7 Dos and Don'ts For an Adults-Only Wedding
1. Don't Print "Adults Only" on the Invitation
You shouldn't feel guilty for not wanting children at your wedding. But take that extra step to specify that your wedding is adults only by writing it front and center on the invitation and feelings will get hurt for such a head-on approach. Having a child-free wedding can be a very sensitive issue to some, especially for out-of-town family members and close friends. For a more tactful take, have family, wedding party members and friends spread the word to guests so they have lots of time to secure a babysitter.
2. Do Properly Address the Invitation
To make it clear from the start that your wedding is adults only, address your invitations to exactly who is invited, or some guests with children might assume their whole family is invited. You can also go the extra mile and write in their exact names on the response card (just like you addressed them on the outer envelope), and then all they'll have to do is check "will attend" or "will not attend." That way, it will be clear that "Mr. and Mrs. John Smith" are the only guests invited. “If it's an e-RSVP, allow the drop-down button only for two," says Lauren Sozmen of Loli Events in New York City.
3. Do Feel Free to Put a Note on Your Wedding Website
Your wedding website is a place to put catchall information about your wedding, like your registries, transportation options, dress code and other pertinent items you wouldn't necessarily share on your formal invitation. This is an appropriate place to also mention that your wedding ceremony and reception are adults only and recommend any babysitting options in the area.
4. Do Have a Flower Girl and Ring Bearer at Your Ceremony (If You Want!)
It's fine to have flower girls, ring bearers, junior bridesmaids and junior groomsmen at your ceremony. But if you want them just at the ceremony and not at the reception, chances are they'll feel like they're missing out on the fun part (they're kids after all!). In that case, it's good to come up with a plan to treat them after the ceremony or cocktail hour. “Hire a dedicated nanny service that's licensed and insured to oversee a special kids room adjacent to your reception space," say Amber Karson and Emily Butler of Karson Butler Events based in Washington, DC, and San Luis Obispo, California. “Parents can drop off their kids, check in when they need to and enjoy dinner with ease knowing that they're nearby, should anything come up." Work with your nanny service to plan special, age-appropriate activities like crafts and games, and plan meals that are kid friendly and fun, like a pizza-making class or a breakfast-for-dinner mini buffet.
5. Don't Make It an "Adults-Mostly" Reception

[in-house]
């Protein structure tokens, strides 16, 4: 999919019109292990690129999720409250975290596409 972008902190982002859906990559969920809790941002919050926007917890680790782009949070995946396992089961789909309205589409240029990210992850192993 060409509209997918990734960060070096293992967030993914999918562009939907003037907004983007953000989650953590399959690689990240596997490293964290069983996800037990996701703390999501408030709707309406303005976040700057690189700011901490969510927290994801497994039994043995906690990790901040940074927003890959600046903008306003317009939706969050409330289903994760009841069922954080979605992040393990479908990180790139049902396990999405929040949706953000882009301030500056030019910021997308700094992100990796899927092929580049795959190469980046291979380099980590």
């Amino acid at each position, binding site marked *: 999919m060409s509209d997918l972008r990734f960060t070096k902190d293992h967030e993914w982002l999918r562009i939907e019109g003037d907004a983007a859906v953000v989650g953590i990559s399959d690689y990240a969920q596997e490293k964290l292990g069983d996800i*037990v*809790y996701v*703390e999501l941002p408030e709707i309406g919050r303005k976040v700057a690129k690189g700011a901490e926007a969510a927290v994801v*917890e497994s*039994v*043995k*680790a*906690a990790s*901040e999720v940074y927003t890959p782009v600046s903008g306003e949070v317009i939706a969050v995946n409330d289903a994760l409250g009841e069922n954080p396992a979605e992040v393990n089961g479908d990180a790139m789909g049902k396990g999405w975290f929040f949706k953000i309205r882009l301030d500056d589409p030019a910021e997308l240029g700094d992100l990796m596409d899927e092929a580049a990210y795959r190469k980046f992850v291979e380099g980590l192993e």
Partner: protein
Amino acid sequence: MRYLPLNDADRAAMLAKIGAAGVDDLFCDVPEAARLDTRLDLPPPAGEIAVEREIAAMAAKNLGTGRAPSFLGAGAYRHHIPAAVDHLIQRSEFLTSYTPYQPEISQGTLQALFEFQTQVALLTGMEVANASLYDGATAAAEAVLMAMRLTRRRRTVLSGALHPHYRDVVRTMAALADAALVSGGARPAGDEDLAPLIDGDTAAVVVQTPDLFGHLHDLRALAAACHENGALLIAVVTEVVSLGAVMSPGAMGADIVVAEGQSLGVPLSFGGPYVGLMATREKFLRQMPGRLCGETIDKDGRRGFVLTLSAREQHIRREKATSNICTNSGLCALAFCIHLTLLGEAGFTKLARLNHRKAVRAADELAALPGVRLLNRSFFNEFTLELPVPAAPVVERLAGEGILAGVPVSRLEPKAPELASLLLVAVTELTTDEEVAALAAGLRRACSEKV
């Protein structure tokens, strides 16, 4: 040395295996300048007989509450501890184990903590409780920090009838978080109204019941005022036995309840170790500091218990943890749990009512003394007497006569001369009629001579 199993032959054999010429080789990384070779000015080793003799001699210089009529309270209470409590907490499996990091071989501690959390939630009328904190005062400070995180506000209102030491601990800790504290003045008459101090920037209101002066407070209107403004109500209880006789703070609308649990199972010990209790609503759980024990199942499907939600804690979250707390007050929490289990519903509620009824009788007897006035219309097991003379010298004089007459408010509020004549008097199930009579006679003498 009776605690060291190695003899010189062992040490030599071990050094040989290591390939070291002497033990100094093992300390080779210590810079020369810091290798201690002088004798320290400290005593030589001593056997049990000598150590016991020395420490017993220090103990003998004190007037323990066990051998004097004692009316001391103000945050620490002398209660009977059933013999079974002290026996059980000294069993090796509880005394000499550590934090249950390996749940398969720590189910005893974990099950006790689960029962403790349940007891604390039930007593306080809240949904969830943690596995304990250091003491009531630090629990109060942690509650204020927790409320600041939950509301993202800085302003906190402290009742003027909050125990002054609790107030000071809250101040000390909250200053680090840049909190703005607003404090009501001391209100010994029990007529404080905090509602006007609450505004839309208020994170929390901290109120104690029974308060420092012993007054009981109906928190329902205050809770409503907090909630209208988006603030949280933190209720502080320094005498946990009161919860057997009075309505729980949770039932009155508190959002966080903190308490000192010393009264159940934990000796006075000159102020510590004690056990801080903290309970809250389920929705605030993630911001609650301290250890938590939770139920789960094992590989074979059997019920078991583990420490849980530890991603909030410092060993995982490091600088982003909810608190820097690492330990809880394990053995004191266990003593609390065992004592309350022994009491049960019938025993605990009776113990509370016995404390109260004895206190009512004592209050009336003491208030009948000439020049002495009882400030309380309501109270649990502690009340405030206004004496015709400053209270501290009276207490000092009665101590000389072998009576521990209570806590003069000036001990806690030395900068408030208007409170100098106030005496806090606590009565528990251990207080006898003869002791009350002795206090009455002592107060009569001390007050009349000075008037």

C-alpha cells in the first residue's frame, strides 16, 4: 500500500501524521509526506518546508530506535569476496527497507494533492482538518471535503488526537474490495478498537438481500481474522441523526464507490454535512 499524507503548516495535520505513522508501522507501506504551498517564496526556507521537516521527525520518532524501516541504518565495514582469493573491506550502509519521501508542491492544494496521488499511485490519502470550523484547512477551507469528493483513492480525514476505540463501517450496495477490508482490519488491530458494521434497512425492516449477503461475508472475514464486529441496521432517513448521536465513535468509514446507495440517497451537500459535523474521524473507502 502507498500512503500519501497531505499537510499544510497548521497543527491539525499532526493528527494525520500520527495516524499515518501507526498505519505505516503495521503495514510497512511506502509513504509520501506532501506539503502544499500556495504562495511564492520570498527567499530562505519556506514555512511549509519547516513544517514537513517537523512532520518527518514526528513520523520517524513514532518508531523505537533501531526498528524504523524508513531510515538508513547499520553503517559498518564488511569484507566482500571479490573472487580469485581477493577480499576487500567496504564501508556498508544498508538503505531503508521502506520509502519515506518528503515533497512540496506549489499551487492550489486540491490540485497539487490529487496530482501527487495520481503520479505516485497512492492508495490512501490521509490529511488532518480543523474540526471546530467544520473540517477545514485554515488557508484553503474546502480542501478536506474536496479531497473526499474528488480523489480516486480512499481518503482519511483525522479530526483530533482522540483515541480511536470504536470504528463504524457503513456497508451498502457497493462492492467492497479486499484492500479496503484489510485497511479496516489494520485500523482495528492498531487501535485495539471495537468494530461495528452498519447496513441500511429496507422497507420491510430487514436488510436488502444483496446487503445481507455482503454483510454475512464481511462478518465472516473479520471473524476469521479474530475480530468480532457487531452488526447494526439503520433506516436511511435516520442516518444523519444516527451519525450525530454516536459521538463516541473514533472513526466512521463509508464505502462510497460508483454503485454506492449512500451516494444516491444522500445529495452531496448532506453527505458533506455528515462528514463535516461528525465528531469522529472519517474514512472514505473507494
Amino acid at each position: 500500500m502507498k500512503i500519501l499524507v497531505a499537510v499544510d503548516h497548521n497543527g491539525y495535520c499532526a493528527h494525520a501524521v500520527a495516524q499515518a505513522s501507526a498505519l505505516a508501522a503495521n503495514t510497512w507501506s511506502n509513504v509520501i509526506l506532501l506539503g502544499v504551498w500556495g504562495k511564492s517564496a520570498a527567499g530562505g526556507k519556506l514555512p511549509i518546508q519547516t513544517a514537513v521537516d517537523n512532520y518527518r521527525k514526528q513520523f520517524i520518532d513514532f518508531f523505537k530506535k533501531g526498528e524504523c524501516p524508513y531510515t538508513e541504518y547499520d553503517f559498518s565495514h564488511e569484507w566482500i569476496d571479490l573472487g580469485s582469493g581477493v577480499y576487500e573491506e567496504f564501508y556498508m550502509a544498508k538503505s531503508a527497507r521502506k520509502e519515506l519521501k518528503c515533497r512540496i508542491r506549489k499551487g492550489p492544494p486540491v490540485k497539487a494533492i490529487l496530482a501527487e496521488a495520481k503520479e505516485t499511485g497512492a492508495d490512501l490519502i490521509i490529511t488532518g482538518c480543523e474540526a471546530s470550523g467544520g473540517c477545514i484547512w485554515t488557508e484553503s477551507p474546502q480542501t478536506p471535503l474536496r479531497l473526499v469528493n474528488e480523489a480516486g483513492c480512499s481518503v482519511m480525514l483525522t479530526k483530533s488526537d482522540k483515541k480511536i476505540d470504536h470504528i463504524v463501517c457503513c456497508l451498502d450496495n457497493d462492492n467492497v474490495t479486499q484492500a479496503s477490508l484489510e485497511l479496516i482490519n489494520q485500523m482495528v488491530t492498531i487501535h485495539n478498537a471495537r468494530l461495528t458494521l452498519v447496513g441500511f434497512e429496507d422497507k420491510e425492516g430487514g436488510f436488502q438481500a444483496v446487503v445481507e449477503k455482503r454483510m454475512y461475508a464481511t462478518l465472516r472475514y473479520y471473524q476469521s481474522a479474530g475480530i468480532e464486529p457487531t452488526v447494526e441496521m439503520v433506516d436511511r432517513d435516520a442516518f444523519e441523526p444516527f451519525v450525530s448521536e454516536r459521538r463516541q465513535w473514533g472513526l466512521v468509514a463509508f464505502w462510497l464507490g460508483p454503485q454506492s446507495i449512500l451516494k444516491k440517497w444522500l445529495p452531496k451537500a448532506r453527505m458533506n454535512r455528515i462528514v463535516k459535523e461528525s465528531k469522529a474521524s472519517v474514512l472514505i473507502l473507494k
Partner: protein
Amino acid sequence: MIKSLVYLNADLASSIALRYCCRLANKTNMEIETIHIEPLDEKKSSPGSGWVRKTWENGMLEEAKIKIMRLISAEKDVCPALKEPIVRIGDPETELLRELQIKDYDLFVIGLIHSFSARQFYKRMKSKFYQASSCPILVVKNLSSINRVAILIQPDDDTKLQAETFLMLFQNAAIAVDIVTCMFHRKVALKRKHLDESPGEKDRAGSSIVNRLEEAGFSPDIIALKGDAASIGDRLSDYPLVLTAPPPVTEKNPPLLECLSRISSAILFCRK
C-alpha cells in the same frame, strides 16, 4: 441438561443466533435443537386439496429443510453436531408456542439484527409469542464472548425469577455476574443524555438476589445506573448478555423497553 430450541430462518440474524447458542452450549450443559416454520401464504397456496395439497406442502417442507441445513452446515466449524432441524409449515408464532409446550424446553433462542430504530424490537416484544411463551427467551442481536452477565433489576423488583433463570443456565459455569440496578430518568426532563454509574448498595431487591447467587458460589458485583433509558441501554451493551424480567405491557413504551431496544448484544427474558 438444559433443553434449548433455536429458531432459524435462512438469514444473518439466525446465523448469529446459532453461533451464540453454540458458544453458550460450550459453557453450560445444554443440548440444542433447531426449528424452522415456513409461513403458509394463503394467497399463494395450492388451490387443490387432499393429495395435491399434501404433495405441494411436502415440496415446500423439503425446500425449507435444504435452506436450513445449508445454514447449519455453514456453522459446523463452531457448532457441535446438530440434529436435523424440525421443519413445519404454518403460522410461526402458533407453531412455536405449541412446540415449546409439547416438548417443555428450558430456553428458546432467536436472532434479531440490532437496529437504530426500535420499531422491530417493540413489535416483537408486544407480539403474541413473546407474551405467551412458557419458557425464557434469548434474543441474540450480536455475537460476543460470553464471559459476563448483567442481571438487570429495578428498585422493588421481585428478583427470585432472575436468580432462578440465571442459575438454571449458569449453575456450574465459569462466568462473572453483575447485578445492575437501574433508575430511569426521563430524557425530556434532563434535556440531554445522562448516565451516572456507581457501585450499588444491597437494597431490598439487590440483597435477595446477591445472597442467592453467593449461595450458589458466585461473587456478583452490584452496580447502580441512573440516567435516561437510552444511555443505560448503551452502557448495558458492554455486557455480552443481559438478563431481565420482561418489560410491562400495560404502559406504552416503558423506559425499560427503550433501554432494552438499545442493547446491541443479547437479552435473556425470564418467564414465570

While you can have children in your wedding party and still have an adults-only reception, be mindful not to bend the rules for other people with children. If you let some guests bring their families and not others, it might look like you hand selected which children were and weren't invited—and that could lead to a pretty uncomfortable situation. Inviting children just to the ceremony won't probably work either, since they might get upset having to say good-bye to their parents or if they see other guests going to the party when they have to go home or to a hotel.
6. Do Call Any Guests Who Assume Their Children Are Invited
Hearing from family members who are questioning why your younger cousins, nieces and nephews aren't allowed to come is normal. Address the sensitive issue right away by calling and explaining that you can't invite everyone you'd like. You can blame it on the budget constraints (if that's truly the case!) which often wards off further protests and avoids hurt feelings. But remember, you don't have to give a lengthy explanation and can simply say that an adults-only wedding is a decision that you've made and leave it at that. “You aren't going to please everyone, and that's okay. Having or not having children at your wedding is a personal decision and one you and your partner made together," Karson and Butler say.
7. Don't Back Down
“Be prepared that if there are some close family and friends who want their kids there, you may get push back," Sozmen says. But like with other decisions you're making, this is your day and you and your partner get to decide who's invited to the wedding—period. Address the issue and upset parents with sensitivity, but don't back down. If you have a truly angry guest on your hands (and their happiness means a great deal to you) it's a kind gesture to look into hiring a babysitter to watch their children at home for the duration of the entire wedding, ceremony included. “As long as you're thoughtful and helpful to the guests with kids, then that's the best you can do," Sozmen says. “If parents are still awkward and upset beyond that, then they probably shouldn't come to your wedding altogether."